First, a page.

I am thankful to be constantly learning about how to grow my children....even if it means rethinking ideas that I've had engrained in me since my childhood!  I am determined not to remain clueless but to continue to educate myself for the sake of these beautiful kiddos!  Our next step: appt with a dr. specializing in pediatric visual processing to check for proper tracking and peripheral neglect.  And as we learn more, I'll keep you updated!


Sunday, December 20, 2009

A Fresh Makeover!

I'm totally excited!  Can you just guess about what??  Come oooon....you've gotta notice the lovely change in scenery around here?  (gringrin!)

You guessed it!  I finally made it onto Darcy's queue at Graphically Designing and made a change for the better here (now that I know I'll be stickin' around cyberspace for awhile....after all, I DO really like it here - ya'll are great)! 

But I was getting soooo tired of my old diggs, ya know?  The one with the BRIGHT orange and blue flat, boxed design?


I mean thanks and all to my hubbs for at least giving me a different title than the one that came from Blogger, but I knew I needed some real designing talent in order to redecorate around here....someone who's designs are always beautiful, functional, and balanced.

Enter Darcy!  You may already know her from her musings on life with 3 young boybarians but did you know that she is an artist as well?  Check out her humor, great cyberbloggy advice, and beautiful photography (not to mention the cuteness of her 3 favorite young subjects) at My 3 Boybarians as well as her other wonderful design work in cyber space over at:


Graphically Designing



And I'm sure that you'll understand why I was so glad to have her give Heritage Academy a lovely new look!

Here are her thoughts on her design:
"Your 4 children are the "cornerstones" of your homeschool. With you and hubby being the center. So I cornerstoned a notch - representing each child who shapes your homeschool. This was the inspiration for the design shape in your header and button. You at the heart - your children each shaping your academy."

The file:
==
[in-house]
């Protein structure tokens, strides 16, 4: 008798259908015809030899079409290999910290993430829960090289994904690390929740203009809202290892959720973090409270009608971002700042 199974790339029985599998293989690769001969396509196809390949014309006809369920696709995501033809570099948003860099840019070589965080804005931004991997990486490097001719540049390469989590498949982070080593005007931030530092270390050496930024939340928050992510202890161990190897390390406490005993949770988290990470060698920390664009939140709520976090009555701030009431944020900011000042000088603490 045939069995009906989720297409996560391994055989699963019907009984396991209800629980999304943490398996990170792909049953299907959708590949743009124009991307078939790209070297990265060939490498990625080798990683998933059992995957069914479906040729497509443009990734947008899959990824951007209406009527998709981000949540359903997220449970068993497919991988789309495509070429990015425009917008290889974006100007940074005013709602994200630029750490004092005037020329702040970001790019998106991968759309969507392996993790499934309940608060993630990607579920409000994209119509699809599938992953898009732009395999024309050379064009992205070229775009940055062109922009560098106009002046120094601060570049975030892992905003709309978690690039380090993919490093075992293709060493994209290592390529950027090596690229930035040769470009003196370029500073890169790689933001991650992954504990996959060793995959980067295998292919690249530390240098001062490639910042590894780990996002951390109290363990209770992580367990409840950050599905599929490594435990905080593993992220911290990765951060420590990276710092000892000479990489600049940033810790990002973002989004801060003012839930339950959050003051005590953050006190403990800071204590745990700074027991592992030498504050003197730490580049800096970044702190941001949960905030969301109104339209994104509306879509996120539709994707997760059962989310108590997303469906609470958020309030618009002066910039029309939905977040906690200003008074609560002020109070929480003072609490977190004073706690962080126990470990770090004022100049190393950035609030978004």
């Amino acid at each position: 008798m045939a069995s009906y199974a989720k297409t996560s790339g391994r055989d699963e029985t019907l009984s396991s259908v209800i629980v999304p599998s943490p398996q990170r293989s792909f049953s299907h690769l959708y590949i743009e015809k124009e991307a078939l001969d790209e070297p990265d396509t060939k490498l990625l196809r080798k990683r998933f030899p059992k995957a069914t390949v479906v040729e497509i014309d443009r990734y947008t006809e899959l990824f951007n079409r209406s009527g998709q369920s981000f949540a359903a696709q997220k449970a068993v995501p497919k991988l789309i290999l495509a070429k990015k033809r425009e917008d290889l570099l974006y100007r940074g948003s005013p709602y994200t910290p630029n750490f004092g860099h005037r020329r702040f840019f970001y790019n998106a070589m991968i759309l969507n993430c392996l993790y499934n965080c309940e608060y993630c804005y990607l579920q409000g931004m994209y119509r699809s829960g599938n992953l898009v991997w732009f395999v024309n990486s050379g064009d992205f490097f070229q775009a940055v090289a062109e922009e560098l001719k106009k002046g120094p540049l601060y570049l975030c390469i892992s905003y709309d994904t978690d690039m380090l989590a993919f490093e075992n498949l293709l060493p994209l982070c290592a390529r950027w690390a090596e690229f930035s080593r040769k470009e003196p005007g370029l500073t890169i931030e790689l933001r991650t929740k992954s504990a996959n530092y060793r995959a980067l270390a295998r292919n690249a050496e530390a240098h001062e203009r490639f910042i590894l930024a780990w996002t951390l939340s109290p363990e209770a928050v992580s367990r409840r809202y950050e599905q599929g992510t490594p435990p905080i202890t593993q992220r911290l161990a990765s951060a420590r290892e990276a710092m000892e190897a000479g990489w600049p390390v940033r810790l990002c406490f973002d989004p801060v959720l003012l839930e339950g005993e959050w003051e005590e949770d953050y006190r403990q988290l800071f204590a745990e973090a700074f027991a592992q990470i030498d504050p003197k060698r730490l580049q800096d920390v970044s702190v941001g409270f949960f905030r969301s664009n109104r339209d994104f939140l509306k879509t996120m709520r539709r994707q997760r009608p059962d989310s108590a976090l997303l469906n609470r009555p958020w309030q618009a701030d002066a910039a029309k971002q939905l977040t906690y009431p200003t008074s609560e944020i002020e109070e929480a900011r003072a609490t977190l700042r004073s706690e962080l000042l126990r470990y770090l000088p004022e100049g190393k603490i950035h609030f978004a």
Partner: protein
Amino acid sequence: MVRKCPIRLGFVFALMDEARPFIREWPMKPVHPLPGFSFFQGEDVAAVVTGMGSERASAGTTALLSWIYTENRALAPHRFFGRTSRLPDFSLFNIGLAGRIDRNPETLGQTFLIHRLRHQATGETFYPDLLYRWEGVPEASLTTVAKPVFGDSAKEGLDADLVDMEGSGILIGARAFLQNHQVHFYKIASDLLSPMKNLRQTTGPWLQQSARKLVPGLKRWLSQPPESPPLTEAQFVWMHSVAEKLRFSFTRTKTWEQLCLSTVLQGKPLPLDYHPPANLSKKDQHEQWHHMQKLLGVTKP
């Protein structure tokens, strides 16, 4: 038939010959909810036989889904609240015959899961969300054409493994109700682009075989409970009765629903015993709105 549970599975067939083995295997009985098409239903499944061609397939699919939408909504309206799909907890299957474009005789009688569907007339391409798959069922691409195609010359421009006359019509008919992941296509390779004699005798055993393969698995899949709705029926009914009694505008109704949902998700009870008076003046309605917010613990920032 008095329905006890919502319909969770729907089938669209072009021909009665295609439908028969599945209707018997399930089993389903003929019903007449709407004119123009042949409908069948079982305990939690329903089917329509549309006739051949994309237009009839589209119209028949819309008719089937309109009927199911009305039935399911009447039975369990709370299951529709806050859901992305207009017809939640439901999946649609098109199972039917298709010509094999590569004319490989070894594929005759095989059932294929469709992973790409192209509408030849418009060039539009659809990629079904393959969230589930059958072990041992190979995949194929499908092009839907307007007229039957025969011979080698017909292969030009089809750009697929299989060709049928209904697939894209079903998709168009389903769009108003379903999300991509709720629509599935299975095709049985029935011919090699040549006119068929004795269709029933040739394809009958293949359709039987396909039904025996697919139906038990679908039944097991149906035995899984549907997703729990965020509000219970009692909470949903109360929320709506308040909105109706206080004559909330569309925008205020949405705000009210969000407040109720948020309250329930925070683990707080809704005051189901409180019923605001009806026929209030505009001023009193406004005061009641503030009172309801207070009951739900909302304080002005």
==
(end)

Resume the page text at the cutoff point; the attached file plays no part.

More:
So sweet!  Hey.... let me know what you think! 

Cuz I'm just totally excited!
Andrea

Saturday, December 5, 2009

Adam's Speech Progress

I don't think I've really posted much about Adam's speech therapy in this last year. So (I use the word 'so' a million times per post, I swear), I wanted to get some info down here for me to refer back to if I need to.


I just met with his preschool teacher, IU13 (PA governmt Child Development & Early Learning) service coordinator, and current speech therapist this past Wedns. to update his goals for this year's Individualized Education Program (IEP). So (there it is again - acckk!), here is a bit of his history:


*He didn't use his left leg properly when learning to crawl and sit

*He didn't walk, due to his strange leg use, until 18 months

*He didn't say more than 5 words (and those were not complete words with ending consonants) by the time he was 20 months old

* We kept hoping that new words will just pop up, but by 24 months we started looking for speech therapy